A tai chi student acquires knowledge and skills by following a clearly defined tried and tested syllabus. The training methods instil muscle memory, cultivate awareness and encourage mindfulness.
Throughout the early stages of their learning process the student must simply do what they are told. Without alteration, improvisation or real understanding.
The student may have modest glimmers of insight but these are partial and fail to reflect a more comprehensive grasp of the material or its true nature and purpose.
The body use principles and rules employed in taijiquan often run contrary to what people expect. They are very surprised to discover for themselves that system actually works.
No belief, faith or qi magic was involved. Just good biomechanics and physics. Often, students remark that taijiquan is "counter-intuitive". This admission is quite telling.
The art is not counter-intuitive at all. Taijiquan follows nature. The problem lies with the individual student's major misconceptions. And their lack of 'physical intelligence'.
e.g. the taijiquan teacher didn't discover the folly of bracing and blocking... Sir Isaac Newton did. And before him, the ancient Taoists. The knowledge is old and it is publicly available.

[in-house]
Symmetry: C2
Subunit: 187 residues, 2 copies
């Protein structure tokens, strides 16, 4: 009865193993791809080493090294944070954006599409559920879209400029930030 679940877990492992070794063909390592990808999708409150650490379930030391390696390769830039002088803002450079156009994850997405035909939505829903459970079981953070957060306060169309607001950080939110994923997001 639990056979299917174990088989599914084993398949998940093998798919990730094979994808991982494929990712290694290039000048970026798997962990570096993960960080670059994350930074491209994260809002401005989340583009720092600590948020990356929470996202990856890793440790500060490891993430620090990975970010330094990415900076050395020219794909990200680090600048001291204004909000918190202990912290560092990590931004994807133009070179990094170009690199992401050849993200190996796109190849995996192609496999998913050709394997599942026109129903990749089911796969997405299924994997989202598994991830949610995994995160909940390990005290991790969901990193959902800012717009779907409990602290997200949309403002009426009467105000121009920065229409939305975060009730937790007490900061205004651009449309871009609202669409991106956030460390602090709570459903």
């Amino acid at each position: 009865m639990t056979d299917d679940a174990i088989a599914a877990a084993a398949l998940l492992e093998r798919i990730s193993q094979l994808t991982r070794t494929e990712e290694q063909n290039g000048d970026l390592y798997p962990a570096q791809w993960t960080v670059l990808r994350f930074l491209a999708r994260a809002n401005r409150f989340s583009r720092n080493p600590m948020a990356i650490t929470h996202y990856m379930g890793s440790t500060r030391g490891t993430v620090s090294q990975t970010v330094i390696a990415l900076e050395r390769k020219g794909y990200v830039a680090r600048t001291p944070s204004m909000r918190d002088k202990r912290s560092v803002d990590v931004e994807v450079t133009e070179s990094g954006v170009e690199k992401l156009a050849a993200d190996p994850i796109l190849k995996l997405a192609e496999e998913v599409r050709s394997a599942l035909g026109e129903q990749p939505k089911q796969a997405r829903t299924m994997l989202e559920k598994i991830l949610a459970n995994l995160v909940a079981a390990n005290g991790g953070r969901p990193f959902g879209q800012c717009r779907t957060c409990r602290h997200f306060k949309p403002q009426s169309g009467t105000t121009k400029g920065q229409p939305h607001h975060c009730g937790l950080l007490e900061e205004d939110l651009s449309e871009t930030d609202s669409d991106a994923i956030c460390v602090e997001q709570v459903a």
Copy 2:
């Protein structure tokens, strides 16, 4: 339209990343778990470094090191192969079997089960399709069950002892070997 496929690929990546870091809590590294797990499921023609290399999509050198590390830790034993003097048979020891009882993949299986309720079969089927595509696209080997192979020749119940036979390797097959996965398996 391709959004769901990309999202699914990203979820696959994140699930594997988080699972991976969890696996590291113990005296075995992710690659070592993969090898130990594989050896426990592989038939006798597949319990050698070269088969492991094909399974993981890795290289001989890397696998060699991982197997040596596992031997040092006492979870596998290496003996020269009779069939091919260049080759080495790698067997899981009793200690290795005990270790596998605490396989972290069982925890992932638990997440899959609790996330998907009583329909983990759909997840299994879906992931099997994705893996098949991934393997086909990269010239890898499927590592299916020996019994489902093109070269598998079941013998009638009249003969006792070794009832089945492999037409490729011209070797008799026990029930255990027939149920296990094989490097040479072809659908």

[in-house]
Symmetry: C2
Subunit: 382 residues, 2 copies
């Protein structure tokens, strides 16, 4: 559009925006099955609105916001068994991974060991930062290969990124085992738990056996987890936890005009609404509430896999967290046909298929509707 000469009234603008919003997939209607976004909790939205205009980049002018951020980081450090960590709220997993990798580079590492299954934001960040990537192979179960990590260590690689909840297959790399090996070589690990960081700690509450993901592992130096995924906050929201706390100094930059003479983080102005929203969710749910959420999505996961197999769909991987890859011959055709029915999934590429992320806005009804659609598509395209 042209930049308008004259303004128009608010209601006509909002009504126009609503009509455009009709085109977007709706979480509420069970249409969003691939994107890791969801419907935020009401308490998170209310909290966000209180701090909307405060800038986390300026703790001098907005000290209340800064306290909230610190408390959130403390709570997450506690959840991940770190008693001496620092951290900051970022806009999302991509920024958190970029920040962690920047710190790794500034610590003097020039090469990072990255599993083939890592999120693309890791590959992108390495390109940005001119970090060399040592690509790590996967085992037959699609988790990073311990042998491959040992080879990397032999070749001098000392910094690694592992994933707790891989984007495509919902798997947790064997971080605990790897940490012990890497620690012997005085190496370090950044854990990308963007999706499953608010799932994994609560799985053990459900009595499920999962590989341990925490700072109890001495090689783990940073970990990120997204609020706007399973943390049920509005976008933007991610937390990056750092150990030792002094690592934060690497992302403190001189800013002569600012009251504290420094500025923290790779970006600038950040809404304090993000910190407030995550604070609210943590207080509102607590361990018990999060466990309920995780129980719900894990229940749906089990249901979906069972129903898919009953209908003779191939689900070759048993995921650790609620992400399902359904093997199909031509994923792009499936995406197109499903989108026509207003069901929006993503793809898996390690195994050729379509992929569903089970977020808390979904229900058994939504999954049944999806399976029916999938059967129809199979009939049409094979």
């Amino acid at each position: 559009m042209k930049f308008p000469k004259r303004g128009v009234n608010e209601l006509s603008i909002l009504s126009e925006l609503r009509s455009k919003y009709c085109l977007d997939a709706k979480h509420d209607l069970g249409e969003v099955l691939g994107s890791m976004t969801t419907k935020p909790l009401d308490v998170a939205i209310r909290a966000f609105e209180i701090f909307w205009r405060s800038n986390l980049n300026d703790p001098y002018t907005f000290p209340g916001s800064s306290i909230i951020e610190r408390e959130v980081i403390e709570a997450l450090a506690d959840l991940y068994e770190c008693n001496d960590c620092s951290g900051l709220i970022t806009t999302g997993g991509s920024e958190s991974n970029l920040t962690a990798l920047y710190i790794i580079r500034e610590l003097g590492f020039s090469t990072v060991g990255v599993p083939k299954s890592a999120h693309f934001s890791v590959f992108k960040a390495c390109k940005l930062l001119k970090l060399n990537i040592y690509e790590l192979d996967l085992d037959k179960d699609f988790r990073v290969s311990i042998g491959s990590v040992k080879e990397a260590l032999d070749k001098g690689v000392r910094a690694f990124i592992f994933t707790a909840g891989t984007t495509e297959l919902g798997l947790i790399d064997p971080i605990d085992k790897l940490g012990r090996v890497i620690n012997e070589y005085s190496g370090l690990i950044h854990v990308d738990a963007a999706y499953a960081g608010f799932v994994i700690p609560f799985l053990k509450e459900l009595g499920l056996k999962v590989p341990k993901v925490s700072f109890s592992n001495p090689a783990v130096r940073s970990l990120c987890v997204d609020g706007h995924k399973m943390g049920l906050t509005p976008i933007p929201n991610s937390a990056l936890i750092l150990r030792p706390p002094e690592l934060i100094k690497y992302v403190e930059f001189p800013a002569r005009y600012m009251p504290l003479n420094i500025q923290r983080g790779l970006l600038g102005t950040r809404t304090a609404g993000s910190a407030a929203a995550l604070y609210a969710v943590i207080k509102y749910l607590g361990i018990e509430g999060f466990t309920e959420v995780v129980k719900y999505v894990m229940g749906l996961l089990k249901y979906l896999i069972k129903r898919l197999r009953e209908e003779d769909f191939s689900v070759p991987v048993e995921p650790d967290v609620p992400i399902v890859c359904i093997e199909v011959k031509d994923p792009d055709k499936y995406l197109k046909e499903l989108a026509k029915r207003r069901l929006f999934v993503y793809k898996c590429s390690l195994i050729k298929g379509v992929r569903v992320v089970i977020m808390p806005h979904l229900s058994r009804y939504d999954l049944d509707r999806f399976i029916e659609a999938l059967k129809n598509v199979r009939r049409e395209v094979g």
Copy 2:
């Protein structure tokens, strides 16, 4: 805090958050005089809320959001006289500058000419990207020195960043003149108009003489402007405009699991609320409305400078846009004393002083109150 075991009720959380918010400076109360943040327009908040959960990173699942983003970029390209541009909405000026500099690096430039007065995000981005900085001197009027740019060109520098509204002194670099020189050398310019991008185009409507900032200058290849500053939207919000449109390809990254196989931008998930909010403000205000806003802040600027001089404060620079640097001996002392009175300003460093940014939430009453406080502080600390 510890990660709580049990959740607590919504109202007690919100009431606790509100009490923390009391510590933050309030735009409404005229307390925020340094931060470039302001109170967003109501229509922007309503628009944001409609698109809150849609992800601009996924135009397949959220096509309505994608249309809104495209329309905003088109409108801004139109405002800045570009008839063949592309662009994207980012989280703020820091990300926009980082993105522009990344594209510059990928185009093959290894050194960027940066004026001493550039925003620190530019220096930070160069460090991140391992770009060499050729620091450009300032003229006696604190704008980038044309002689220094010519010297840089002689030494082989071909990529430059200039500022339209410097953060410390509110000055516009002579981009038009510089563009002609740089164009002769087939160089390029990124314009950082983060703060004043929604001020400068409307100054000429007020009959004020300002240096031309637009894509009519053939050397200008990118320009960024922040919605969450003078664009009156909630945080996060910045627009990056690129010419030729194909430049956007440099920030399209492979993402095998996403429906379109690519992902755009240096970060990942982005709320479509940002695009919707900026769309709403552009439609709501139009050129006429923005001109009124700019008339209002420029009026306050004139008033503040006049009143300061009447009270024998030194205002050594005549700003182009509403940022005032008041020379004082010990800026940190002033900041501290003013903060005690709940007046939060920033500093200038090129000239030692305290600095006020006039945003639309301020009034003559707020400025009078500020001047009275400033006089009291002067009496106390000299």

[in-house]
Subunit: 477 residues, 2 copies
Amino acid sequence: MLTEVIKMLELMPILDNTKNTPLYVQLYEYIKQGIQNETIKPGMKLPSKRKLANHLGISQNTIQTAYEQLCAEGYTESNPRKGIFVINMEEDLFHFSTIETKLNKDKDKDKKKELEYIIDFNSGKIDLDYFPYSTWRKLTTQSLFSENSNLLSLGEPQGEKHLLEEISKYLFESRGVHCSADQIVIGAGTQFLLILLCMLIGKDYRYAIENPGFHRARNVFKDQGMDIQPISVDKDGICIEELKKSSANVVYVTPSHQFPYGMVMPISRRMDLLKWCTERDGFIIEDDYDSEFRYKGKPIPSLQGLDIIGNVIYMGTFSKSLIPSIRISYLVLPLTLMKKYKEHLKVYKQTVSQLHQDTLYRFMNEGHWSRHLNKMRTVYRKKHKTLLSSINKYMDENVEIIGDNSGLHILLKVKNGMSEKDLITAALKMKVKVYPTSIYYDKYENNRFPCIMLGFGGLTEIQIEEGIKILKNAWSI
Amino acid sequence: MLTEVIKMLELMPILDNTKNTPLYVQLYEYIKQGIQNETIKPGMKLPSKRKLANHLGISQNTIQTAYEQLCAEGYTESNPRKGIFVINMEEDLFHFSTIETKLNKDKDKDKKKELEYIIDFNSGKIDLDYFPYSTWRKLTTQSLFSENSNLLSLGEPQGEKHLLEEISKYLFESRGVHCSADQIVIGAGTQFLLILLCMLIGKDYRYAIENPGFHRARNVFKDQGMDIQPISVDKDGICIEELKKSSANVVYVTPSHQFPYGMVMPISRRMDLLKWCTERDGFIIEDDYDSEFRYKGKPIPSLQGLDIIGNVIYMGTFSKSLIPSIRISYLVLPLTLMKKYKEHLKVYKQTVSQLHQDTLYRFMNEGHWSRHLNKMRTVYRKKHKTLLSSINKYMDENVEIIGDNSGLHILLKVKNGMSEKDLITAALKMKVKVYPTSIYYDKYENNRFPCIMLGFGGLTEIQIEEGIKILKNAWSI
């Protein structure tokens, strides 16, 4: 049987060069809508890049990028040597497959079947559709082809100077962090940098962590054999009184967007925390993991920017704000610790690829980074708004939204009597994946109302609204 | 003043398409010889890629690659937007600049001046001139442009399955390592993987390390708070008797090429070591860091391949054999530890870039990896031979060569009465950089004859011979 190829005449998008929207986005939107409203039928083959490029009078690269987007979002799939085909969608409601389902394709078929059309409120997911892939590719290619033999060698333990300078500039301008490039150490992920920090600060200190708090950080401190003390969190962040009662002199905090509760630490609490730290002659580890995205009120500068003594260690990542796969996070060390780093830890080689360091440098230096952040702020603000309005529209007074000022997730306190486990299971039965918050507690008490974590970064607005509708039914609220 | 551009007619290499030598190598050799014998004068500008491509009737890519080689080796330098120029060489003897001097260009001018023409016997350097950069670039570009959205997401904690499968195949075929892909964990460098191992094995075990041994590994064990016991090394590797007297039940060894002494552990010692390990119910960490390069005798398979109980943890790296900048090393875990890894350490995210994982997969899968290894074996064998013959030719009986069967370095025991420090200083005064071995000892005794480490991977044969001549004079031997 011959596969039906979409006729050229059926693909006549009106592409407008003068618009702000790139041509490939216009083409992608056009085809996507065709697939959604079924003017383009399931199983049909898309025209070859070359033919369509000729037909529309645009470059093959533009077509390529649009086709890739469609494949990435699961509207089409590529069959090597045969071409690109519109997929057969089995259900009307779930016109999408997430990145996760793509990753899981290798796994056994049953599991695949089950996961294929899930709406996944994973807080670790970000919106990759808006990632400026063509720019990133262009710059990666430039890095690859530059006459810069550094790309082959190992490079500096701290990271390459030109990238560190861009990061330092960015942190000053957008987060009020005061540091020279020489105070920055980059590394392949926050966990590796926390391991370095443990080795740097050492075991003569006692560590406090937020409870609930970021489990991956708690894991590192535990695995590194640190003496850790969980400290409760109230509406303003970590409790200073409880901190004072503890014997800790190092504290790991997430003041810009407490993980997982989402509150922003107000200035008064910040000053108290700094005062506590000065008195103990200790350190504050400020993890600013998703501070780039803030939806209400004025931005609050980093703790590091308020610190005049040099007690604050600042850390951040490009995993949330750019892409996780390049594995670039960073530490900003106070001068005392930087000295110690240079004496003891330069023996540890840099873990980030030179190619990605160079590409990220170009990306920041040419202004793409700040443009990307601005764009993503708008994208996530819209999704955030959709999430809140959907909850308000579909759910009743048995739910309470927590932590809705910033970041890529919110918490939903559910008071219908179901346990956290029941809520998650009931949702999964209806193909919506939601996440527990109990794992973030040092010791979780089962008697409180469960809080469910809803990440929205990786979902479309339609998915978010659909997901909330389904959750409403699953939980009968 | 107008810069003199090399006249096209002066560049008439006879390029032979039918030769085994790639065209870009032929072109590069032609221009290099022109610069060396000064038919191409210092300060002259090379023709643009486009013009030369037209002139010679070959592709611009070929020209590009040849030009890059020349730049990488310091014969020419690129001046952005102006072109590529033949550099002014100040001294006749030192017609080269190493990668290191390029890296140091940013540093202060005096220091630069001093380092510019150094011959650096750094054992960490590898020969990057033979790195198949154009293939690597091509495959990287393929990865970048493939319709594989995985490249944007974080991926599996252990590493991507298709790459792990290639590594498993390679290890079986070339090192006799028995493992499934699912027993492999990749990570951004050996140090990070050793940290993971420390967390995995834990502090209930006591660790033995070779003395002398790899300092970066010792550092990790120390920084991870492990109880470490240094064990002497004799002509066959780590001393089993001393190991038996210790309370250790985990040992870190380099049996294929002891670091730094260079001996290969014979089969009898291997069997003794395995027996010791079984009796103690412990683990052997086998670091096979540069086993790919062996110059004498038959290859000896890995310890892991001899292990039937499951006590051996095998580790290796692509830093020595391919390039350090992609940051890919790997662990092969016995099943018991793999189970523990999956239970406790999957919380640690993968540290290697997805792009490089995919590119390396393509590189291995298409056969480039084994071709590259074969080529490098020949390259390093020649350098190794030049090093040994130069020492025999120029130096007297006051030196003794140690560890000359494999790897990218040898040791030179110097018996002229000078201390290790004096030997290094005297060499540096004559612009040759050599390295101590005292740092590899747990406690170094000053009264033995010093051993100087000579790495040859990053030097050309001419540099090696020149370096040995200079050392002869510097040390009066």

The energy of an object in motion
increases with the square of its velocity. Or in even simpler English: when
you’re hitting something, speed is more important than mass. If you double
your mass, you’ll hit with twice the force. But if you double your speed,
you’ll hit with four times the force, and so on. Quite handy to know when
you only weigh 140 pounds.
Back to The Matrix
So, is taijiquan bending or breaking the rules? No. It follows them. The rules of nature. Physics. Human anatomy. In fact, it is the other arts that are not following the rules... Get it?
e.g. taekwondo is based on concepts. Concepts and ideas that are not in accord with either nature, physics or human anatomy.
18 April 2005
Last updated 09 June 2019